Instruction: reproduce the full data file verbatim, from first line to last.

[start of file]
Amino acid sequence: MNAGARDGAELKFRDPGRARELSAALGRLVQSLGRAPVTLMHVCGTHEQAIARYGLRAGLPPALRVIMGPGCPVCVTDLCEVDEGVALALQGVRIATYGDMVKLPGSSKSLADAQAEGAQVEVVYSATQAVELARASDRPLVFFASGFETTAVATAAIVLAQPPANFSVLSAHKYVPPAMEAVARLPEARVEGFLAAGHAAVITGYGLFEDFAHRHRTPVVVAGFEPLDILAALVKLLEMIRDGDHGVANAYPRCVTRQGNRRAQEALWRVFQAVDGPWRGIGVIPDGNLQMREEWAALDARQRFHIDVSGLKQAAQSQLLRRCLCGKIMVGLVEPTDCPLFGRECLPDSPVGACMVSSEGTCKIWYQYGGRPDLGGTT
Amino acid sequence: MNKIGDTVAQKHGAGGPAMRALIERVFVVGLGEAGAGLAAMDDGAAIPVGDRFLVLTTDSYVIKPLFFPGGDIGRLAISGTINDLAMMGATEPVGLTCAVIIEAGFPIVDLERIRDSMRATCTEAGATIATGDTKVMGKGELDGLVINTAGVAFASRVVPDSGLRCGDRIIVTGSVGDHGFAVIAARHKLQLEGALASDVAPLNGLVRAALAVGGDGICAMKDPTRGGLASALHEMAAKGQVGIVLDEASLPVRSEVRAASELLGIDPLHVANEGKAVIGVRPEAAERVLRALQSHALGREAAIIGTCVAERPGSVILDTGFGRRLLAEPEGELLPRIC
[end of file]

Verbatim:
Amino acid sequence: MNAGARDGAELKFRDPGRARELSAALGRLVQSLGRAPVTLMHVCGTHEQAIARYGLRAGLPPALRVIMGPGCPVCVTDLCEVDEGVALALQGVRIATYGDMVKLPGSSKSLADAQAEGAQVEVVYSATQAVELARASDRPLVFFASGFETTAVATAAIVLAQPPANFSVLSAHKYVPPAMEAVARLPEARVEGFLAAGHAAVITGYGLFEDFAHRHRTPVVVAGFEPLDILAALVKLLEMIRDGDHGVANAYPRCVTRQGNRRAQEALWRVFQAVDGPWRGIGVIPDGNLQMREEWAALDARQRFHIDVSGLKQAAQSQLLRRCLCGKIMVGLVEPTDCPLFGRECLPDSPVGACMVSSEGTCKIWYQYGGRPDLGGTT
Amino acid sequence: MNKIGDTVAQKHGAGGPAMRALIERVFVVGLGEAGAGLAAMDDGAAIPVGDRFLVLTTDSYVIKPLFFPGGDIGRLAISGTINDLAMMGATEPVGLTCAVIIEAGFPIVDLERIRDSMRATCTEAGATIATGDTKVMGKGELDGLVINTAGVAFASRVVPDSGLRCGDRIIVTGSVGDHGFAVIAARHKLQLEGALASDVAPLNGLVRAALAVGGDGICAMKDPTRGGLASALHEMAAKGQVGIVLDEASLPVRSEVRAASELLGIDPLHVANEGKAVIGVRPEAAERVLRALQSHALGREAAIIGTCVAERPGSVILDTGFGRRLLAEPEGELLPRIC